In the China of the 21th century, the one where all is about reckless growth, competition and the inevitable slide down into vicious consumerism of colossal proportions, there is still a big portion of it that has not caught up with the craze and preserves its most traditional qualities almost untouched.
Along the paved road that links the fast-growing cities of Zhangye in Gansu and Xining in Qinghai, lies the Hui village of Menyuan. It sits at about 9500ft, on the north-eastern tip of the Tibetan plateau. Stuck in time, villages like Menyuan allow us to travel back a few hundred years, where carriages pulled by donkeys are still the main mean of transport.
The Hui are Chinese speaking Muslims and rank among the 56 recognized ethnic minorities by the Chinese Government. Hui people are descendants of the merchants of various middle-eastern origins who transited the Silk Road between Europe and China. Some merchants stayed behind and married Han Chinese. They adopted the Chinese language but retained their Muslim faith. Until this day, they preserve the practice of their religion untouched and their diet, dress code and daily practices follow lines prescribed by the Quran.
Hui people pass their tradition from generation to generation and even young teenagers seem proud about it. Most seem willing to extend it into the future generations, despite the clash of cultures and the rapid westernization of the China.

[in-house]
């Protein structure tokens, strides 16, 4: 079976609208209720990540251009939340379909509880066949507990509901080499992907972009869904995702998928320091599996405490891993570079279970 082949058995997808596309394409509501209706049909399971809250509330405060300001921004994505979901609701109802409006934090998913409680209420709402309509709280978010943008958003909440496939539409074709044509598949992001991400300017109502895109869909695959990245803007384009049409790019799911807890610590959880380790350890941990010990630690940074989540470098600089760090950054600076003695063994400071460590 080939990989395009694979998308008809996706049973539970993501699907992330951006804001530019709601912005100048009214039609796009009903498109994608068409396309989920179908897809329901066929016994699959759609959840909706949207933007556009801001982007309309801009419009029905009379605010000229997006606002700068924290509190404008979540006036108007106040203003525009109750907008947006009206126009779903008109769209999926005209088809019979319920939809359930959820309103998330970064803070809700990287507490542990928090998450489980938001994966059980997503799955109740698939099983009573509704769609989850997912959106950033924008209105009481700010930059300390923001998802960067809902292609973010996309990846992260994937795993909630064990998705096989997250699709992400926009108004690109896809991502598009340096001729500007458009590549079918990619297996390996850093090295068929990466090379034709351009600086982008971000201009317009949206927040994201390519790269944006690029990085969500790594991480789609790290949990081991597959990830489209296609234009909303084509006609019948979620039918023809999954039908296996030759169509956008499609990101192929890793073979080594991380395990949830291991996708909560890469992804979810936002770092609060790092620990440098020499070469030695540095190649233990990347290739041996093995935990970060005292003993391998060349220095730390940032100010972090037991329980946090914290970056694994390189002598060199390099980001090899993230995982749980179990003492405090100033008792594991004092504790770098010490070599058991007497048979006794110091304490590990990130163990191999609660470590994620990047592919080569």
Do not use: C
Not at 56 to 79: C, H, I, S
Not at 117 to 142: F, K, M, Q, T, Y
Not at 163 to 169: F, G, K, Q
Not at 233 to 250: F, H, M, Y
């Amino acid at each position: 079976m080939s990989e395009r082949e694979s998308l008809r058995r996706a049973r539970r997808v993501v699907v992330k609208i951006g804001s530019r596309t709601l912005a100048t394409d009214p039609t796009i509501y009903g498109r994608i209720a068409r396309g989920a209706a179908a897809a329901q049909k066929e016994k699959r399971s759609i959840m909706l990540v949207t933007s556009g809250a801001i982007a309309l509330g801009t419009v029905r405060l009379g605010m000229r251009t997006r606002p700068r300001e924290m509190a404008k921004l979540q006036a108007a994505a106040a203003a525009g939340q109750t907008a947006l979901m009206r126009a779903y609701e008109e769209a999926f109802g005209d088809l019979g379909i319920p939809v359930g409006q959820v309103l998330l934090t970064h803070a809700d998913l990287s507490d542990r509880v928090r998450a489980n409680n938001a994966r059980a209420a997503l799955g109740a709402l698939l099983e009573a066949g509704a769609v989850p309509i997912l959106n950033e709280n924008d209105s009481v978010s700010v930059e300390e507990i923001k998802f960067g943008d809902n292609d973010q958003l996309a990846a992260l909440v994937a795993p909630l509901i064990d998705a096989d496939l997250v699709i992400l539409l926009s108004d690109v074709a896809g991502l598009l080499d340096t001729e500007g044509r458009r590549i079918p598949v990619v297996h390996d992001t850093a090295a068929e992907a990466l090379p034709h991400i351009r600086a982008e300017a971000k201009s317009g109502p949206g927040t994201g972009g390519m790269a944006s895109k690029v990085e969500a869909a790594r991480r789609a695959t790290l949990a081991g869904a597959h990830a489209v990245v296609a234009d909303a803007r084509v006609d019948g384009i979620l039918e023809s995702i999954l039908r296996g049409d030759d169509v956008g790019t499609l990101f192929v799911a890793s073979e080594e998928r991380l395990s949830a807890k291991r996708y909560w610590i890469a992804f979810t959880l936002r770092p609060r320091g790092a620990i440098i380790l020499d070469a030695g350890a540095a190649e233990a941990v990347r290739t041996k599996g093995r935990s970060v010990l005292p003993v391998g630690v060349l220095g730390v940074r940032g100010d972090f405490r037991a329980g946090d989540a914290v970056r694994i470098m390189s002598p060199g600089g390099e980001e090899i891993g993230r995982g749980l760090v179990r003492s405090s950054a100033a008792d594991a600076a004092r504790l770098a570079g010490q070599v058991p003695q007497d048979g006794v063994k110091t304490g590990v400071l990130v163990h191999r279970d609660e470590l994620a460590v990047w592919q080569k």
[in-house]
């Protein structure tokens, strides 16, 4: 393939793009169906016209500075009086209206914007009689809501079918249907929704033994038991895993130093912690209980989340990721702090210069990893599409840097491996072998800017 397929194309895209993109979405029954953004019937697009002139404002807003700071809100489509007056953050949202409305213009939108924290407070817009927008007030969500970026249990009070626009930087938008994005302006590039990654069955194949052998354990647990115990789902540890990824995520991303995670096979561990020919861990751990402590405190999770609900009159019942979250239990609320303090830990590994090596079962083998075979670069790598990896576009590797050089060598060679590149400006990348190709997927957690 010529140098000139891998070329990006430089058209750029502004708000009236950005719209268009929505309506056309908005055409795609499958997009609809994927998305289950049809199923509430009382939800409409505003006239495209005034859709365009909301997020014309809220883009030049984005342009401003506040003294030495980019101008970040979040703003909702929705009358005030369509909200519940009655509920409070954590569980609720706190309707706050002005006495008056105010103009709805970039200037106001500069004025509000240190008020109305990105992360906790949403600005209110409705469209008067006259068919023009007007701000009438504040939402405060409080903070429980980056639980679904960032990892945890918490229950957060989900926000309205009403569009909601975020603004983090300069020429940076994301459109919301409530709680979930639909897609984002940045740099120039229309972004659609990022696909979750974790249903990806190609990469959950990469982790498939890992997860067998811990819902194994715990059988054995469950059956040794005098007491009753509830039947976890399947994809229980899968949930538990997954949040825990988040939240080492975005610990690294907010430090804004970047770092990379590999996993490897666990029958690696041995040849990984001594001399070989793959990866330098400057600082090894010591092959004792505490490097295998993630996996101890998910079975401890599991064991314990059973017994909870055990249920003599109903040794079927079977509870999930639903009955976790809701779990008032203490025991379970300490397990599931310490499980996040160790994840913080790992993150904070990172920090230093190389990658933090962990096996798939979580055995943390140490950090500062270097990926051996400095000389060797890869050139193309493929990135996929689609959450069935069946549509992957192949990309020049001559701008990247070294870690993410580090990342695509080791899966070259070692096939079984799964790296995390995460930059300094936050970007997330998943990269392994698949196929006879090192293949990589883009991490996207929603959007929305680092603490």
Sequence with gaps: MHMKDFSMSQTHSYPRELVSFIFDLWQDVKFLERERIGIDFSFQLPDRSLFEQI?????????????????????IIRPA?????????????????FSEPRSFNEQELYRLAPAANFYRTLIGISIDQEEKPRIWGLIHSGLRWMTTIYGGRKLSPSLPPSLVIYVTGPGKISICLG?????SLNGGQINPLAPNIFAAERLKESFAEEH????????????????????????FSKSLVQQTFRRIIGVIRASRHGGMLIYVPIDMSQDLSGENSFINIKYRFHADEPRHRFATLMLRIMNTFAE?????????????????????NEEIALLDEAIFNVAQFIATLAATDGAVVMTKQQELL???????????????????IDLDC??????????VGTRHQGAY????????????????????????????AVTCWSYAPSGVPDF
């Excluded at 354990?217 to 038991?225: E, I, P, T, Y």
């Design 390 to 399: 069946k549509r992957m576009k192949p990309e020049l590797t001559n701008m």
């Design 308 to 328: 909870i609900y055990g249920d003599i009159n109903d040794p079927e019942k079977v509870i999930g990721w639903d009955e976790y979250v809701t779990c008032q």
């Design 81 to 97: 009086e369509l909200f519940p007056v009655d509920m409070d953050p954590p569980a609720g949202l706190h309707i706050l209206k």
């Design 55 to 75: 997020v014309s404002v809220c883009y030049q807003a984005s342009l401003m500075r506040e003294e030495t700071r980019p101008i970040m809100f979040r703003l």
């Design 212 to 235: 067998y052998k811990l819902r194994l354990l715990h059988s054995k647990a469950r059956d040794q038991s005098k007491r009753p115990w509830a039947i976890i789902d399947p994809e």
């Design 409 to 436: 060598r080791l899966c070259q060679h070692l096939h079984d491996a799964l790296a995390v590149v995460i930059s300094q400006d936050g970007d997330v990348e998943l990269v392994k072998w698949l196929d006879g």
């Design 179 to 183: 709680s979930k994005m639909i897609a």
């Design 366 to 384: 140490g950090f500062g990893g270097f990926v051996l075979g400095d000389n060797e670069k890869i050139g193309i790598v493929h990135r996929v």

The Hui’s diet follows Islamic strictures. They do not eat pork and fast during Ramadan. Hui butchers keep their stores and practices as precarious – from a western perspective – as possible. No need for refrigeration, no need for an enclosed space. Beasts are slain open-air and chopped on-demand. Carcasses hang off hooks pretty much as shiny Armani suits hang from the luxurious stores of Shanghai.
Chinese traditional medicine and herbal treatments have been adopted by the Hui and roots are sold everywhere on the streets.
Anything can be made into a store. A whole family can make a store out of a simple box of metal and passively sit all day at its front door, watching life go by and of course do some business.
In Menyuan, the atmosphere is nothing short of relaxed. People sit around the streets conversing for hours and people-watching and gossiping are every day’s main entertainment.
Hui lifestyle, like any religious society, is a conservative one. Even though not as strict as other Muslim groups, Hui tend to segregate women on one side and men on the other. Women dress traditionally with the local cap-like chador and are usually in charge of taking care of their little kids.
Men, on the other hand, hang out among talking and discussing local events.
Born and raised in Buenos Aires, Argentina, Nicolas Marino is a 33 year-old architect and photographer currently based in Chengdu, China. For the last 6 years he has chosen a bicycle as means of transport to reach the most remote regions of the world where he focuses most of his documentary work. Some of his journeys include a 10.000km ride from Tehran to Shanghai and several trips around remote and rural China where he has now cycled over 8000km.